Leading for success

Sept. 28, 2020
Boosting quality, morale during trying times

During these uncertain times, when worry and anxiety are high and staff morale can be quite low, it is especially important for healthcare professionals to take care of themselves and their teams. We have all seen the inspiring ways so many healthcare professionals, including those in Sterile Processing (SP), continue to rise above to take care of their customers and patients. But when stressful work environments are coupled with the challenge of being physically distanced from friends, family members and colleagues, it’s understandable how it can take a toll on morale.

Uncertainty is uncomfortable for everyone. What should SP leaders do – and how can they keep themselves and their teams focused on their important roles, while also coping with the feelings that change and ambiguity often bring? What follows are some top tips:

Take care of yourself first

A leader can only support the team and model resiliency if he/she acknowledges and manages his/her own stress and anxiety. Taking time to understand one’s own feelings and identify and address emotions is essential. It may be necessary to briefly distance oneself from others to make a conscious decision about how one’s actions can stay in step with personal values. Consider asking these questions: Who do I want to be in this situation? If the leader wants to model collaboration, for example, he or she can ask, “How can I help employees feel more like they’re part of the team?”

Acknowledge the uncertainty

Our current experience is very real and can’t be ignored, denied or repressed without consequence. Although a leader’s intention may be to keep the team focused on tasks to distract from the uncertainty, bottling emotions and expecting employees to do the same won’t help. Some may feel uncomfortable voicing their feelings or concerns, so it can be helpful to directly address the issue rather than jumping straight to how he/she is feeling. A leader might acknowledge that things seem chaotic and unpredictable at the moment; however, it’s important not to dwell on the negative, which could prolong discomfort and low morale for the team. Acknowledge how people are feeling, but then move on to discuss how the team needs to work together to meet critical goals.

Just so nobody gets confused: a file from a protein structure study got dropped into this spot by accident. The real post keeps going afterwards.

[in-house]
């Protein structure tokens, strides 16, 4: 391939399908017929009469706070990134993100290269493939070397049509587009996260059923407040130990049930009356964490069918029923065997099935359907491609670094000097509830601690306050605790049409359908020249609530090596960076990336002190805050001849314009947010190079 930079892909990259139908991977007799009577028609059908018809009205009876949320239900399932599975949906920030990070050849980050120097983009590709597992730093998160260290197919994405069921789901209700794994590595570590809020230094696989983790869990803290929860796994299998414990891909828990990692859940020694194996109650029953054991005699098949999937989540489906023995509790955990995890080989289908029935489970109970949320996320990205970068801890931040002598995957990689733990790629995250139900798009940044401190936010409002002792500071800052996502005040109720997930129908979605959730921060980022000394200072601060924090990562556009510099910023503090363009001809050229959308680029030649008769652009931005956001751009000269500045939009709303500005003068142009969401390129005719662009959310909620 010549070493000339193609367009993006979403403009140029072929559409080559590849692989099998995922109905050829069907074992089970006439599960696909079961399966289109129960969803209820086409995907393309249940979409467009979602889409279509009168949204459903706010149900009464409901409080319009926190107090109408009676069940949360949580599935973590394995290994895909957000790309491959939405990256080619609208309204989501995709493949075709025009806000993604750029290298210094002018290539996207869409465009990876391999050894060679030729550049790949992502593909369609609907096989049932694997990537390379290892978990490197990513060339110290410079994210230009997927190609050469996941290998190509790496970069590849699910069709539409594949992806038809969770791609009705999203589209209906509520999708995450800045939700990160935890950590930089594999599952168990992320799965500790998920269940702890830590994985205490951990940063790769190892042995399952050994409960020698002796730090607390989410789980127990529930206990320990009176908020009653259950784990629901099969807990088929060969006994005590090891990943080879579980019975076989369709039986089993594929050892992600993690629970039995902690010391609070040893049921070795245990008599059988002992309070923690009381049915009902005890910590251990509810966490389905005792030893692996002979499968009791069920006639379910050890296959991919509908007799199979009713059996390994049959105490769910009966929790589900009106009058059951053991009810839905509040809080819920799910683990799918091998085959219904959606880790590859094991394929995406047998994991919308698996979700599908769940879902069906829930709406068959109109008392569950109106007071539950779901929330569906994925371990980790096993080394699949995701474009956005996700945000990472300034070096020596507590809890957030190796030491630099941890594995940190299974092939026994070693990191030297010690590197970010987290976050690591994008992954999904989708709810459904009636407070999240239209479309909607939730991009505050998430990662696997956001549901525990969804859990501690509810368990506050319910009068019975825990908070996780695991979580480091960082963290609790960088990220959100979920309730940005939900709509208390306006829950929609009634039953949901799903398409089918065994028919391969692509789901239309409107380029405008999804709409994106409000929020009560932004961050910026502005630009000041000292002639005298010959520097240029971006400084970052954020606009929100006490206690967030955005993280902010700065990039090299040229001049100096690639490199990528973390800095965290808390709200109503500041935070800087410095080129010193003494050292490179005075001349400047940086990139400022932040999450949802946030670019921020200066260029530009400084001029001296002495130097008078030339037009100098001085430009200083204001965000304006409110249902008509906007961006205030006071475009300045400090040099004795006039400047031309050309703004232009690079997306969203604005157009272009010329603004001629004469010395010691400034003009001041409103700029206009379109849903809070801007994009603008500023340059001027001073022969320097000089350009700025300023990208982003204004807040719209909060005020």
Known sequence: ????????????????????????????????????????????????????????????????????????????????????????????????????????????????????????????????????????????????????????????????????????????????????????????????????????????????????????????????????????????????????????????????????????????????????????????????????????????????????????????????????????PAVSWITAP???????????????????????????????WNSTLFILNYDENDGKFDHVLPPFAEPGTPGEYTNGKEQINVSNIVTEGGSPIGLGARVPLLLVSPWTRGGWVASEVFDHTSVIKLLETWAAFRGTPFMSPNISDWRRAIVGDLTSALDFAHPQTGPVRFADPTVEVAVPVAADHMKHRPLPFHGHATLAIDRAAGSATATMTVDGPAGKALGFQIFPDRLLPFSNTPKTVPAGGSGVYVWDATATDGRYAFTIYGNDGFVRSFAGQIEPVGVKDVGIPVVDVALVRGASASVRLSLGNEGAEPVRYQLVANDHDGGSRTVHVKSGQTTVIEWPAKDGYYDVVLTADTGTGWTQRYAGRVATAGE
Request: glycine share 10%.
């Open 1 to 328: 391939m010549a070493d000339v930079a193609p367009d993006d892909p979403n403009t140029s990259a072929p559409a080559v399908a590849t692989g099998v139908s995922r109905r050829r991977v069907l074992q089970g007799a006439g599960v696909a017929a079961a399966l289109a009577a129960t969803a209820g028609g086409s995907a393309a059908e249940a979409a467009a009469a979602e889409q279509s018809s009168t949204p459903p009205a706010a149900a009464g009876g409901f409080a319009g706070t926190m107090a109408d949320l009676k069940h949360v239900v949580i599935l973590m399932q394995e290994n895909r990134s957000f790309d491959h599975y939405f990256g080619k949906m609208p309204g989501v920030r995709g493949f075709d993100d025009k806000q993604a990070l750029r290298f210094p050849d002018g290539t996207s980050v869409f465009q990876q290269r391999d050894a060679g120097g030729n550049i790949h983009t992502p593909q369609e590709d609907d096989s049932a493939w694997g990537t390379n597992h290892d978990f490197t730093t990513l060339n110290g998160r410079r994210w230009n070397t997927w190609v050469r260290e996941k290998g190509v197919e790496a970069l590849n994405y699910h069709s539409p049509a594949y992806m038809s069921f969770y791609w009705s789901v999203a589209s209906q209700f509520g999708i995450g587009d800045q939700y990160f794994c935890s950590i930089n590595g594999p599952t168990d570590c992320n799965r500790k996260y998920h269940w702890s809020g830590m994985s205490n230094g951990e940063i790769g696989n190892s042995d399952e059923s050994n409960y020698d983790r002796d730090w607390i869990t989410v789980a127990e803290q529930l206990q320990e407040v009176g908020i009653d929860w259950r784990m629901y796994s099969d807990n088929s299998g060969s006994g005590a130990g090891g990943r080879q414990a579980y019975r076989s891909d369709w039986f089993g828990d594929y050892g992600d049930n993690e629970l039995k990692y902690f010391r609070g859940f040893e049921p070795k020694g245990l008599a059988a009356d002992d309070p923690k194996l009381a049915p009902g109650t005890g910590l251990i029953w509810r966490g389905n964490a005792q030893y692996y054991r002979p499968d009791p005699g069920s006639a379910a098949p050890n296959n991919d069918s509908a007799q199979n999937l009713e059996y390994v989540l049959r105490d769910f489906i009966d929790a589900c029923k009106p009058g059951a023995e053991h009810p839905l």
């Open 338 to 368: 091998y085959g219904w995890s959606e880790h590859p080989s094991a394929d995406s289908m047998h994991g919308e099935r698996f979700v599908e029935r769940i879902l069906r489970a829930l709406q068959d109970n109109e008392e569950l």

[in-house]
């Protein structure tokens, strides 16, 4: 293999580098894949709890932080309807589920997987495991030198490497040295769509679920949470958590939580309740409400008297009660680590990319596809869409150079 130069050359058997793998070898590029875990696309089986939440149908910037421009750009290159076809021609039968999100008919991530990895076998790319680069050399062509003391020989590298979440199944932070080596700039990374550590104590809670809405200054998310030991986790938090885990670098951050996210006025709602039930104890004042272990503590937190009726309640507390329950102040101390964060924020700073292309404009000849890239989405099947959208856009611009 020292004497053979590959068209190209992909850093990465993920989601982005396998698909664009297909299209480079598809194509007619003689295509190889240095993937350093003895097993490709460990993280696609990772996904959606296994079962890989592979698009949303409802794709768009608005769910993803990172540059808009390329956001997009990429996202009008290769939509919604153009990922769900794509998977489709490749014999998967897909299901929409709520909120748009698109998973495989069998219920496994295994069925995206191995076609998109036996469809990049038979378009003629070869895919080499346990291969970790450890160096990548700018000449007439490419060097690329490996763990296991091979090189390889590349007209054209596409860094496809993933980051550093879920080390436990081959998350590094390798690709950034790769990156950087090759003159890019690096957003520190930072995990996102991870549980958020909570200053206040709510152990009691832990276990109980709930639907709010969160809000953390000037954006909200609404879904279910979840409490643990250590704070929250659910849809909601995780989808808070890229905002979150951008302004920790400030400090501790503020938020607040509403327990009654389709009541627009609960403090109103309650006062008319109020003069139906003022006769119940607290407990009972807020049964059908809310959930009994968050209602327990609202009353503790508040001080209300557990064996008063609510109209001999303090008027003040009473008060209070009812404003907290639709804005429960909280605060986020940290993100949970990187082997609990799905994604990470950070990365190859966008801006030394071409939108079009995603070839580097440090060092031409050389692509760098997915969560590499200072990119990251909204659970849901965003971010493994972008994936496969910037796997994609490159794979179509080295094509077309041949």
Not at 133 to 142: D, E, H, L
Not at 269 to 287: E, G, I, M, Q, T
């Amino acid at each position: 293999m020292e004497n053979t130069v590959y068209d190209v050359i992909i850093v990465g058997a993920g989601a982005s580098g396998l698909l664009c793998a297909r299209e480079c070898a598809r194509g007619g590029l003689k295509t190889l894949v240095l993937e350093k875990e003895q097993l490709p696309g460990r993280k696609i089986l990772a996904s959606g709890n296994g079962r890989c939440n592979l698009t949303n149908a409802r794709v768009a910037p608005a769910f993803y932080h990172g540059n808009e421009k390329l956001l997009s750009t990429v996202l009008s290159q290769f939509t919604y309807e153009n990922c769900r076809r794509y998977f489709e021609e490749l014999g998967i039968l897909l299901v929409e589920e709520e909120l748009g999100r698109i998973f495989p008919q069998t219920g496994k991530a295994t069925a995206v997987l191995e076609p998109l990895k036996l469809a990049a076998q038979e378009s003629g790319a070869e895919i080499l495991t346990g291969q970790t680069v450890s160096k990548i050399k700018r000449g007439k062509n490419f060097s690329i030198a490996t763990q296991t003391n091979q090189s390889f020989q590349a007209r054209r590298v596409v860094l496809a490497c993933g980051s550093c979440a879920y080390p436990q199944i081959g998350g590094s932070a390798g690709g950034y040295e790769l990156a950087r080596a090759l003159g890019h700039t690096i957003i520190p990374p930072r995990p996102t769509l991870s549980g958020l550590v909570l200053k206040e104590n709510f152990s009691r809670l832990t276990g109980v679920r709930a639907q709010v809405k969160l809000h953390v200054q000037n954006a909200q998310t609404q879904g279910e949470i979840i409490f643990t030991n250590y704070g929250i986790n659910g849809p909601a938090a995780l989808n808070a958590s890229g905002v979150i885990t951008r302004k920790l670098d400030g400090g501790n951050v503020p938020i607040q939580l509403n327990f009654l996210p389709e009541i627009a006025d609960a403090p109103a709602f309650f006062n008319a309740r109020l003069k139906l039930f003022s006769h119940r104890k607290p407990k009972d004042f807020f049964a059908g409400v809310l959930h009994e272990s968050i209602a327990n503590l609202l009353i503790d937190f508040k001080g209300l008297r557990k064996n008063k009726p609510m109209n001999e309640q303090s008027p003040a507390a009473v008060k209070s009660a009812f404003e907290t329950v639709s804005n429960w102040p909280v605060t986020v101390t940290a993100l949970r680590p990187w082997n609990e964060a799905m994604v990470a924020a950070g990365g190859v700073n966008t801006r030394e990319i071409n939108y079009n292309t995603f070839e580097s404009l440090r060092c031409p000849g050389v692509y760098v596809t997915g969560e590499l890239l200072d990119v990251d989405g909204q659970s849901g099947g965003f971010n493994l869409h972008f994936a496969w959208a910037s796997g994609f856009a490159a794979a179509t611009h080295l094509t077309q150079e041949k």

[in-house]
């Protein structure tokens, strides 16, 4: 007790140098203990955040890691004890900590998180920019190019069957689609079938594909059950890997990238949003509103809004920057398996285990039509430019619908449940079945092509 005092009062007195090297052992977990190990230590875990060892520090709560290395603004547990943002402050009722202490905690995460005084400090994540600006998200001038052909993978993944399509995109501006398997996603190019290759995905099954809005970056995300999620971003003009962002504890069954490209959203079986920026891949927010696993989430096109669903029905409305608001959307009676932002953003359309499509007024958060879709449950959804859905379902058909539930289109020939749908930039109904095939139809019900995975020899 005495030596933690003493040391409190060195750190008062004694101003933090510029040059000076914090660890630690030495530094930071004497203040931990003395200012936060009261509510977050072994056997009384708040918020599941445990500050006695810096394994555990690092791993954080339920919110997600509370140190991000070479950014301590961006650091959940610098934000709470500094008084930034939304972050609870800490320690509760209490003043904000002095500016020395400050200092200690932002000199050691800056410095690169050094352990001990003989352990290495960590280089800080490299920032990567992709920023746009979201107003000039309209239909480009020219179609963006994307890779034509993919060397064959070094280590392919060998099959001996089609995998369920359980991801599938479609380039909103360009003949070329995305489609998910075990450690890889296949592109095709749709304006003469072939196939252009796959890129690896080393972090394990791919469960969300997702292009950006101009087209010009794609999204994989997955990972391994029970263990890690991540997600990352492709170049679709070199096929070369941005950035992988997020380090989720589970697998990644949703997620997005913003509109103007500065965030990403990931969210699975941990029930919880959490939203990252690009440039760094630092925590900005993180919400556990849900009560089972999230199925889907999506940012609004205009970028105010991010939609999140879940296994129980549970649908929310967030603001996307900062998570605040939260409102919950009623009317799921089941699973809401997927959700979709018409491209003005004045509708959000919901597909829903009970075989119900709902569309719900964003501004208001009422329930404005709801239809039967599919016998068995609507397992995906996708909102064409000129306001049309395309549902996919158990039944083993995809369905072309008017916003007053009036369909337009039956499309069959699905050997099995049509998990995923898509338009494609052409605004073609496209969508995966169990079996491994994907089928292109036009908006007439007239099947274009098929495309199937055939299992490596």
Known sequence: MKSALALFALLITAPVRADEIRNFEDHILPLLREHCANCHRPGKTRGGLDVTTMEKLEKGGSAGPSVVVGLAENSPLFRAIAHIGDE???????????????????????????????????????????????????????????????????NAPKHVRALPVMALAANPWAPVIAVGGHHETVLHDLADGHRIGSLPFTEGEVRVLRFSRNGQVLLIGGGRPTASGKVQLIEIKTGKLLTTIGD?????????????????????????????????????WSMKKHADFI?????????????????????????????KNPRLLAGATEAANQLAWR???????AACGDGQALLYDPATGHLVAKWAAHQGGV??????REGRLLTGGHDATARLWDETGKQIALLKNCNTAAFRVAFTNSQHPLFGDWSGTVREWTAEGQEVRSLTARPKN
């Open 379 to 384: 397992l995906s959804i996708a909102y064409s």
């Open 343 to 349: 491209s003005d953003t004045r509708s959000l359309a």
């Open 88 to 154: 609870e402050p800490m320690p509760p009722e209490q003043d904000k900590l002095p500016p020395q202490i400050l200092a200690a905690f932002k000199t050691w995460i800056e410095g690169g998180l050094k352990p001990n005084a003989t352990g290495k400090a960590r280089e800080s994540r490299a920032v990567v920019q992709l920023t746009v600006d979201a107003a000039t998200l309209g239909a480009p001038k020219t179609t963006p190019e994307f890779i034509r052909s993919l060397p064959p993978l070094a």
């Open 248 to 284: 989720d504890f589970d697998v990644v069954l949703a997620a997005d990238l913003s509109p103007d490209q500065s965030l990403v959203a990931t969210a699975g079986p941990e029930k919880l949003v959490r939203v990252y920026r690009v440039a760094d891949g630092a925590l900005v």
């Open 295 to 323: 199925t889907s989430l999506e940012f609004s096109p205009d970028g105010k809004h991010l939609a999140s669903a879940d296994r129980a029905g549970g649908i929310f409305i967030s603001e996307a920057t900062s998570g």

Encourage self-compassion

Some people may wonder how others are keeping it together while they’re struggling to stay focused and productive. Everyone reacts to stress and change differently; however, self-compassion and open conversations can help normalize emotions and reduce stress. If anyone on the team is feeling stressed, they should be encouraged to admit it. Talking about previous situations in which anxiety was felt (and, ideally, overcome) can also help remind the team that challenges arise, but don’t endure.

Ask employees what they need